As you sleep your brain cycles through four stages of sleep. Each stage has a unique role in maintaining both your body and brain's overall health and development. The entire sleep cycle repeats itself several times a night with every successive REM stage increasing not only in depth of sleep but duration as well. In this article we go over the stages of sleep, what happens within your body as each stage occurs, and what can inhibit your ability to move through these stages.
There are four different stages of sleep. Stages 1 through 3 are known as non-rapid eye movement (NREM) sleep, also referred to as quiet sleep. The fourth stage of sleep is rapid eye movement (REM) sleep. The sleeping stages used to be divided into five different stages, however, this was changed by the American Academy of Sleep Medicine (AASM) in 2007.
Using a non-invasive test called an electroencephalogram (EEG) that records brain activity, doctors and scientists are able to witness how the brain engages during various mental activities as a person falls asleep. During stage 1 and during the beginning of stage 2, you are still relatively alert and can be woken up easily. At this time, the brain produces beta waves which are small and fast brainwaves that mean the brain is active and still engaged. As the sleeping stages progress and the brain begins to wind down it lights up with alpha waves.
As we briefly mentioned above, the first stage of the sleep cycle is actually just a transition between being awake (wakefulness) and sleep. During this period it is easy to be woken up and oftentimes, if you are to wake someone up during this stage they may claim that they've been up the whole time and were never really asleep. During stage 1:
This is only a "short-lived" sleep period that last for around 10 minutes before you move on to the next stage of sleep.
Studies suggest that people spend nearly 50% of their total time asleep during NREM stage 2. This stage lasts around 25 minutes during the beginning of the cycle and lengthens with each successive cycle. This stage represents much deeper sleep then stage 1 as your heart rate and body temperature begin to drop. During this stage of sleep:
The brain also starts to produce sleep spindles which are intense bursts of rapid, rhythmic brain wave activity thought to be associated wth memory consolidation. This is when your brain gathers, processes, and filters new memories that you acquired the previous day. As all of this memory consolidation is occurring, your body slows down even more in preparation for the next stage: NREM stage 3 sleep.
This is considered the deepest stage of sleep where delta waves, also known as slow brain waves, begin to emerge. If someone is awoken during this stage they will experience a period of mental fogginess. In fact, cognitive testing has shown that individuals that are inadvertently woken up during this stage tend to have their mental performance moderately impaired for at least 30 minutes to hour after being woken up. Stage 3 is when the body repairs and regrows its tissues, builds bone and muscles, and also strengthens the immune system. It is vital that you get enough NREM stage 3 sleep each night in order to feel refreshed and ready to take on the day.
During NREM stage 3:
This is often the most talked about and perhaps most well-known stage of sleep. REM sleep begins 90 minutes after falling asleep and in this stage, your body is temporarily paralyzed—a good thing considering it prevents you from acting out your dreams. During stage 4:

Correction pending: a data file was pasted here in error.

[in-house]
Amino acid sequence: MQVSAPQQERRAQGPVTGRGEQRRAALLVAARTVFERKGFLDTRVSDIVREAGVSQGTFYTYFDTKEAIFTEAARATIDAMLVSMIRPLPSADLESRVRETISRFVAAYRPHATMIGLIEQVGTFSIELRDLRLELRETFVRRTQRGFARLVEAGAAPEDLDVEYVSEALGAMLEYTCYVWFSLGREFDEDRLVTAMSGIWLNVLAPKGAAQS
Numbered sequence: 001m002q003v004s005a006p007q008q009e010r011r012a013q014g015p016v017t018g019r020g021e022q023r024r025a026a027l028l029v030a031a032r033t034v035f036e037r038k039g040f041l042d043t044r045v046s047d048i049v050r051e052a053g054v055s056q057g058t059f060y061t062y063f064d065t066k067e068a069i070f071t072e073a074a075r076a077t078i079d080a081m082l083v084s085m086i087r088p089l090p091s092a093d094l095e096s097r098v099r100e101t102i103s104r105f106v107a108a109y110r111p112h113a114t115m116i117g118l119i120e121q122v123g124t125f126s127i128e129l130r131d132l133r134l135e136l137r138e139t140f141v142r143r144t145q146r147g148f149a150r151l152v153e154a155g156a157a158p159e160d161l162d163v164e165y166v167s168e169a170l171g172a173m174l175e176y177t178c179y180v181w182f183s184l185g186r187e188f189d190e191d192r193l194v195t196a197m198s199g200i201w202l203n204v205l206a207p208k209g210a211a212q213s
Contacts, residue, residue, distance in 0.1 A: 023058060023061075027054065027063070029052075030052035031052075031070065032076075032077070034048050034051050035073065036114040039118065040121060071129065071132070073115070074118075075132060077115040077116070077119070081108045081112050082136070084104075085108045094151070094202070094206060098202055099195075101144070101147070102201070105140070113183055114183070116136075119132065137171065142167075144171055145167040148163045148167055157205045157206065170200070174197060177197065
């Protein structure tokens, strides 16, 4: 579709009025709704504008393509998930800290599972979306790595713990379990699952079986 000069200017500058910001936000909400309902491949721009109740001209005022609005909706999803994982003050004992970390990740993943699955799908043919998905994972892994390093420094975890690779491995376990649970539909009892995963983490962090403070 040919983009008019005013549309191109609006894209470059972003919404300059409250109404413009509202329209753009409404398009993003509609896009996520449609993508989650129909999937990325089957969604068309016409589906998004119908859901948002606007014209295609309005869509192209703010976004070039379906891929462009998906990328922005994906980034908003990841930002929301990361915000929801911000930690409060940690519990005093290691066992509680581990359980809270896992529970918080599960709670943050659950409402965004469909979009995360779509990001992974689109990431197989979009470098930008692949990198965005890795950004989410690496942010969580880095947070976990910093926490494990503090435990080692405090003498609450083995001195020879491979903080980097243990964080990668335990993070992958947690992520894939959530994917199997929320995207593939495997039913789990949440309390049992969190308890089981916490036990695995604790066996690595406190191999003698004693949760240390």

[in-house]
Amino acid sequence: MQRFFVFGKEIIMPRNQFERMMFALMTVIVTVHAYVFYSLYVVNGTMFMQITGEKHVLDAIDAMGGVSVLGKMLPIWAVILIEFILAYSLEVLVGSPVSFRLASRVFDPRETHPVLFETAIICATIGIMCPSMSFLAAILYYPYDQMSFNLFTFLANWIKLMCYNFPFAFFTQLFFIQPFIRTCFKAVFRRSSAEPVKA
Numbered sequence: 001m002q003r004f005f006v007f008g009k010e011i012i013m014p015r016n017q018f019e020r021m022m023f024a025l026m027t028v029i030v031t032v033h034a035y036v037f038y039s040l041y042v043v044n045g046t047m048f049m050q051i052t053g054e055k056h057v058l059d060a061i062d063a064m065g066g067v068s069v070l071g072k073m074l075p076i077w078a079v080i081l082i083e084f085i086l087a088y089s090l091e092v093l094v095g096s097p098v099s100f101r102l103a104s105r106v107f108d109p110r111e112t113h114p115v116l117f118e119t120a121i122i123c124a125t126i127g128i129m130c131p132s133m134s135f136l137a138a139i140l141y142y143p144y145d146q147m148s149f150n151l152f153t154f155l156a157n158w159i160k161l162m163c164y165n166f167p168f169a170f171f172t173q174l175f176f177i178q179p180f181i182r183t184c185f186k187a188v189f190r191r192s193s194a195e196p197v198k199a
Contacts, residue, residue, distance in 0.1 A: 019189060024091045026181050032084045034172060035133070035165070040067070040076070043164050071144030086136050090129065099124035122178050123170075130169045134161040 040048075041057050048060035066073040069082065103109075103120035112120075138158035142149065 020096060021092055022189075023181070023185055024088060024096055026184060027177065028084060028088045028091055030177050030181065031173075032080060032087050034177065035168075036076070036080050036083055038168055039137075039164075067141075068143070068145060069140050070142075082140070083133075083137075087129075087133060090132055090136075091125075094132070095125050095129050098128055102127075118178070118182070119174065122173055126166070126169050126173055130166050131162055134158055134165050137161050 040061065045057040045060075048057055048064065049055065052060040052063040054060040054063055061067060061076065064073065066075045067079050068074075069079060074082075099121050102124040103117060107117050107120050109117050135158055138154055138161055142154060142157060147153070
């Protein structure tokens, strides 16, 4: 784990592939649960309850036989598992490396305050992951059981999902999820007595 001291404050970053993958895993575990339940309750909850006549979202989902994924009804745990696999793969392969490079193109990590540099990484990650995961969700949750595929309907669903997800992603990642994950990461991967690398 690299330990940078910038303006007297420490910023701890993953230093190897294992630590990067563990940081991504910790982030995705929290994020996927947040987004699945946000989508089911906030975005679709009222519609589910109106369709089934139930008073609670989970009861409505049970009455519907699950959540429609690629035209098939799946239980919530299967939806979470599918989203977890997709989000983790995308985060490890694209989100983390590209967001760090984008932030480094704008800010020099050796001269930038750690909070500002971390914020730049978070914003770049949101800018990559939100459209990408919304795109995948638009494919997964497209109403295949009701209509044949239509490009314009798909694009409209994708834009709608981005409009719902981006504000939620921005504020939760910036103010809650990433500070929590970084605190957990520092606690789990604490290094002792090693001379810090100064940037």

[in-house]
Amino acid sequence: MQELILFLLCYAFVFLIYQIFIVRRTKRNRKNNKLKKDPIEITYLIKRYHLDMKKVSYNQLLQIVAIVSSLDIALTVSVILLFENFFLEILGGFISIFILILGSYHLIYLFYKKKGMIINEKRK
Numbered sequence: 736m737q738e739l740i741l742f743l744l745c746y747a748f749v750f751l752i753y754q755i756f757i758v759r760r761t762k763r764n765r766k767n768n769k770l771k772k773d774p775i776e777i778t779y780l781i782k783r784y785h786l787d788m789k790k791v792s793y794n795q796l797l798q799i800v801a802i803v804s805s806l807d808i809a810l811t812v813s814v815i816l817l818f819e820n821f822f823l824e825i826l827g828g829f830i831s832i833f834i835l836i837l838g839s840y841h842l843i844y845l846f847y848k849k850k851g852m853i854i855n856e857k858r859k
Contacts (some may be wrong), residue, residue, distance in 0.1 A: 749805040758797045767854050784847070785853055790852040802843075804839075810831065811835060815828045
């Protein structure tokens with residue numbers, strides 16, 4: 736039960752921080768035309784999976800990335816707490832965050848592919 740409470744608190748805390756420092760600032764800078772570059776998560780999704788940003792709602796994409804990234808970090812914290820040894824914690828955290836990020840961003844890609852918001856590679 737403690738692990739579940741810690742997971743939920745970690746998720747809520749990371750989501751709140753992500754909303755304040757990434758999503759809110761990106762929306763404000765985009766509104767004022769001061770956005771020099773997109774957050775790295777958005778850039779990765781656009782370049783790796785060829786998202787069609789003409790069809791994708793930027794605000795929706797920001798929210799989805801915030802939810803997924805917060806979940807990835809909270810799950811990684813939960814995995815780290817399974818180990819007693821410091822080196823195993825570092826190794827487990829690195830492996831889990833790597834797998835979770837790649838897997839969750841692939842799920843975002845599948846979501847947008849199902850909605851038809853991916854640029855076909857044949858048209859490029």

Similar to stage 3, memory consolidation also occurs during REM sleep. Unlike stage 3, however, REM sleep is when emotions and emotional memories are processed and stored.
During both stage 3 and REM sleep (deep sleep), your cells repair and rebuild, and hormones such as human growth hormone (HGH) are secreted to promote bone and muscle growth. It is also during these stages that your immune system is strengthened helping you fight off illnesses.
Interestingly enough, sleep does not always progress through the four stages outlined above in a perfect sequence each night. A healthy, uninterrupted night of sleep progresses like so:
Once your REM sleep cycle is complete, you usually return to NREM stage 2, which is the longest stage of sleep, before starting the cycle all over again. It is important to make sleep a priority each night. Although the exact amount of time varies from person to person doctors and scientists recommend that you get 7 to 9 hours of sleep each night.
There are actually a number of things that can interrupt your cycle each night and disrupt your sleep. This includes but is not limited to:
There are four different stages of sleep. There used to be five, however, this was changed by the American Academy of Sleep Medicine (AASM) in 2007.
As you sleep your brain cycles through these four stages. Each stage has a unique role in maintaining both your body and brain's overall health and development. The entire sleep cycle repeats itself several times a night with every successive REM stage increasing not only in depth of sleep but duration as well.
Q: What are the 5 stages of sleep?
A: As we have discussed above, there are no longer 5 stages of sleep. Since 2007, there are only 4 stages.
Q: What is the most important stage of sleep?
A: Scientists agree that deep sleep (stage 2 and 3) are the most important stages of sleep.
Q: What stage of sleep is hardest to awaken?
A: It is most difficult to awaken people from slow-wave sleep; hence it is considered to be the deepest stage of sleep.
Q: What causes lack of deep sleep?
A: Causes of lack of deep sleep include stress and anxiety, restless leg syndrome, too much blue light before bed, lack of exercise, as well as poor lifestyle habits and choices.
Q: How long is a sleep cycle?
A: A full sleep cycle takes about 90 to 110 minutes.
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